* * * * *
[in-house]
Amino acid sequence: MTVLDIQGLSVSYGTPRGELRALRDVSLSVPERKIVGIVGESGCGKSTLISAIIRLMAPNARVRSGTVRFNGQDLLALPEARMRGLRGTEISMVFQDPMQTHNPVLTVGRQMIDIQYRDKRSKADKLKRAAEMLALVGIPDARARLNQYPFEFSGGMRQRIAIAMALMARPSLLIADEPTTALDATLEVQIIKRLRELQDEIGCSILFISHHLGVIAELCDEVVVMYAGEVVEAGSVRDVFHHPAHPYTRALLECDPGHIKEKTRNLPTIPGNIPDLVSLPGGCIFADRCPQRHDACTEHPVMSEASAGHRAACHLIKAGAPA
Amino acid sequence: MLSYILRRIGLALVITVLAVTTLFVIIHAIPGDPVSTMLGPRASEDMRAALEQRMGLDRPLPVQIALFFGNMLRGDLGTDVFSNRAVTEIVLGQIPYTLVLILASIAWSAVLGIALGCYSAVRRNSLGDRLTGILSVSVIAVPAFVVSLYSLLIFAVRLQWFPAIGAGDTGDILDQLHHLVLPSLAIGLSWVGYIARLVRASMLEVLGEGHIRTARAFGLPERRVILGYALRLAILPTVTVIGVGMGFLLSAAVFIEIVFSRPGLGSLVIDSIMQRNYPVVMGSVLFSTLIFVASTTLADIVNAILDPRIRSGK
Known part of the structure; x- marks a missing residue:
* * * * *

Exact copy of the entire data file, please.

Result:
[in-house]
Amino acid sequence: MTVLDIQGLSVSYGTPRGELRALRDVSLSVPERKIVGIVGESGCGKSTLISAIIRLMAPNARVRSGTVRFNGQDLLALPEARMRGLRGTEISMVFQDPMQTHNPVLTVGRQMIDIQYRDKRSKADKLKRAAEMLALVGIPDARARLNQYPFEFSGGMRQRIAIAMALMARPSLLIADEPTTALDATLEVQIIKRLRELQDEIGCSILFISHHLGVIAELCDEVVVMYAGEVVEAGSVRDVFHHPAHPYTRALLECDPGHIKEKTRNLPTIPGNIPDLVSLPGGCIFADRCPQRHDACTEHPVMSEASAGHRAACHLIKAGAPA
Amino acid sequence: MLSYILRRIGLALVITVLAVTTLFVIIHAIPGDPVSTMLGPRASEDMRAALEQRMGLDRPLPVQIALFFGNMLRGDLGTDVFSNRAVTEIVLGQIPYTLVLILASIAWSAVLGIALGCYSAVRRNSLGDRLTGILSVSVIAVPAFVVSLYSLLIFAVRLQWFPAIGAGDTGDILDQLHHLVLPSLAIGLSWVGYIARLVRASMLEVLGEGHIRTARAFGLPERRVILGYALRLAILPTVTVIGVGMGFLLSAAVFIEIVFSRPGLGSLVIDSIMQRNYPVVMGSVLFSTLIFVASTTLADIVNAILDPRIRSGK
Known part of the structure; x- marks a missing residue: